Officers Kyung-yoon CHO and Eun-joo PARK are on the hunt a killer following duo of ghastly murders. The victims carry a common military past, and the secret of their past must be unraveled to find the killer.
Seemingly an ordinary math teacher in high school, Suk-go is indeed a brilliant mathematician. Hwa-sun is his neighbor. They become inseparable when Suk-go decides to cover up Hwa-sun's ... See full summary »
Ruthless cop Chul-joong and a merciless killer in raincoat run into each other in a small alleyway and form a fatal bond. A free-for-all fight occurs by coincidence on a rainy street. A ... See full summary »
"Best Seller" is a thriller centered around writer Hee-Soo (Eom Jeong-Hwa) who moves to a small house in a rural area after becoming involved in a plagiarism scandal. Hee-Soo then hears a ... See full summary »
A struggling artist Hee-do is offered a million dollars to bet his life if he loses a game against a rich old man named No-shik who is dying from a terminal disease. However if Hee Do loses... See full summary »
A mysterious person calls a young man and informs him that his estranged father has died in a country village. The curious son travels to the town to discover what happened. From there out ... See full summary »
During the Chosun period, a court lady is found dead, hanging by the rafters of the palace. After examining the dead body, place physician Chun-ryung discovers that the dead maid was ... See full summary »
Due to inadequate use of anesthetics, a young boy experiences "intra-operative awareness" during his own heart surgery, hearing every sound and movement of the procedure. The little boy is ... See full summary »
Sol Kyung-Gu plays a staff member of the National Institute of Scientific Investigation (NISI) in South Korea. He attempts to uncover the identity of a mysterious serial killer who ... See full summary »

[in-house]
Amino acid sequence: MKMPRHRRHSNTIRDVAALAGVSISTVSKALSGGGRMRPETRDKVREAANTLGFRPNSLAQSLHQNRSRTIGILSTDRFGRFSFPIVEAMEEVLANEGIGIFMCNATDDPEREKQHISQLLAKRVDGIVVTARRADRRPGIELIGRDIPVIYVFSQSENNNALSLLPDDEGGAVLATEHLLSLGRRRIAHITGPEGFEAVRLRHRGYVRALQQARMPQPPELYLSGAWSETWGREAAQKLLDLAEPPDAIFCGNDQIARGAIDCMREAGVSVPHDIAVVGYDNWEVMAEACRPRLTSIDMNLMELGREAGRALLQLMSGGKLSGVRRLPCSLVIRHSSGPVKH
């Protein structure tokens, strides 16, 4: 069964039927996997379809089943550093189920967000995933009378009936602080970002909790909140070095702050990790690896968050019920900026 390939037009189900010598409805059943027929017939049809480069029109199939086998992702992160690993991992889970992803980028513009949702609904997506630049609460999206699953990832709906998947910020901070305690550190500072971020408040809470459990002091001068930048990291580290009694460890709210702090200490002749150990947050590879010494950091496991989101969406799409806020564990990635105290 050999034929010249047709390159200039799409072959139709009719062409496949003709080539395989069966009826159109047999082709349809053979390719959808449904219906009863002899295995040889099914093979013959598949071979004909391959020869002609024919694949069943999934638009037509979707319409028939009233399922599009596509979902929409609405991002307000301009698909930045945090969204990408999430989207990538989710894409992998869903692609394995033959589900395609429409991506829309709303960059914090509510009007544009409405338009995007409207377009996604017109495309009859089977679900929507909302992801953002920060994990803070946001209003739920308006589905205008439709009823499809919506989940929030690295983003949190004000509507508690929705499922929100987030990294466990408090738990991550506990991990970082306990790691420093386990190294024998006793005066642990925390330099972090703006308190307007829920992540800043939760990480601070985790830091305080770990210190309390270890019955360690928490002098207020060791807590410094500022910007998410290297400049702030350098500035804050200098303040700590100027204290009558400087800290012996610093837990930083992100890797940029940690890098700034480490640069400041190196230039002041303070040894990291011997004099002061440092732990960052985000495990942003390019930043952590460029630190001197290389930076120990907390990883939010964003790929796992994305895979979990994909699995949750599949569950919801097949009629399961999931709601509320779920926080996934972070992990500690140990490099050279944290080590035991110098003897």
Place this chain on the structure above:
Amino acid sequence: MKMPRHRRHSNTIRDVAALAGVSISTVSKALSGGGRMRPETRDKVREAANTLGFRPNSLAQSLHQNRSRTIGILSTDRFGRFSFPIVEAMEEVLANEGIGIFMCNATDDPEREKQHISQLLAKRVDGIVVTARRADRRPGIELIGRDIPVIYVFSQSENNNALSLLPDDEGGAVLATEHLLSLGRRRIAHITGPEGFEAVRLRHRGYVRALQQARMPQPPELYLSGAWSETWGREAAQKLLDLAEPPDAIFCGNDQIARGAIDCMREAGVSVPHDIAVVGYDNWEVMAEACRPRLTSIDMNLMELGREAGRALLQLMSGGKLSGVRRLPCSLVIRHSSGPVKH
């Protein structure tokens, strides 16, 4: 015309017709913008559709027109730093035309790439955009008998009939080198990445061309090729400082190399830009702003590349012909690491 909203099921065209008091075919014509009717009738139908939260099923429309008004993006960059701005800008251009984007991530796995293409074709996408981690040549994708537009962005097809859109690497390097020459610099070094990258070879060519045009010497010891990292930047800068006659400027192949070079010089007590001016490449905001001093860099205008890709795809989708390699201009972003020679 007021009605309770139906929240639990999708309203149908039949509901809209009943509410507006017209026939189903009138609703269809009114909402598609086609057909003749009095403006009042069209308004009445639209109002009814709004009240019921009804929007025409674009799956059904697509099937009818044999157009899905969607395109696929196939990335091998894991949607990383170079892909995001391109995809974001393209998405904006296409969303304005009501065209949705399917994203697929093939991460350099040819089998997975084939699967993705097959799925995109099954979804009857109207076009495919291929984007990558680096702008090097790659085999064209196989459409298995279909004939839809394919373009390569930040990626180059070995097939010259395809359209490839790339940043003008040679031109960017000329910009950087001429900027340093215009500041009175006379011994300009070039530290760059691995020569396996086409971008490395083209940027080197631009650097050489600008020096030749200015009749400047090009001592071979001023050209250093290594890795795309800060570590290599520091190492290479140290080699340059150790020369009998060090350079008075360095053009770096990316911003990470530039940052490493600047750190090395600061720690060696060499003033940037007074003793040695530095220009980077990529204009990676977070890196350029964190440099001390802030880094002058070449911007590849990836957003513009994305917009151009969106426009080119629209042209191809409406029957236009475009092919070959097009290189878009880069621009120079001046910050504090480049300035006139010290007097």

Frank M. Ahearn,
Two teenagers joining the same class in a high school die on the same day. The one to be top of the class is killed by a big knife on the street, the other - the second best of the class indeed - seems to be jumped from the top of the school building. Everybody believes that he first killed his classmate and than himself. But when the police finds small pill boxes into the stomachs of both kids confessing their murder two South Korean cops are torn into a new case of murder series. While they try to hunt down the serial killer, more pupils are getting killed... Written by
I think that one of the main differences between Asian and Western cinematographies is that the first ones mix genres more widely than the second ones. The result is that Eastern movies use not to be so predictable as Western films, and this is applicable to commercial titles too. South Korean movies are a good example of this miscellany. Concretely, in "Diary of June" or "Bystanders" ("6-wol-eui Il-gi" is its original title) we can find the typical thriller about a group of cops trying to catch a serial killer, a buddy movie with some touches of comedy, and specially in the last 30 minutes a very intense drama that made me remember the dark social connotations of the Japanese "Confessions". This cocktail of genres is always welcome if script and direction can keep the balance between the elements. Just like a cocktail, that it will be a good one if the ingredients have been mixed and shaken in the right proportion. Fortunately, many Korean movies succeed in this and "Diary of June" is not an exception. As a thriller, it keeps the necessary suspense during its first half. Later the identity of the killer won't be a mystery, but the reason is not a flaw of the script. That's because, since then, the social drama acquires more importance than the criminal investigation. Like "Confessions", the target of the critic is the failure of the educational establishment (including passive teachers and well-intentioned but mistaken parents or relatives). Kids can be cruel, very cruel, but their cruelty is only a reflection of the cruelty (or just unhappiness) showed by adults in front of their astonished faces. We have a very big responsibility for the new generations and too much often we are not conscious of that. Every member of the cast, including the teenagers, is good. But specially Sin Eun-kyeong, as the tough but sensible female cop with her own personal demons, does great work. Well supported by Eric Moon, there is a good chemistry between their characters and some funny moments involving their superior officers. This film is not one of the best of South Korean cinematography (the competence is high) but it works and it goes beyond the simple entertainment thanks to its social message. Not a must see but I highly recommend it.
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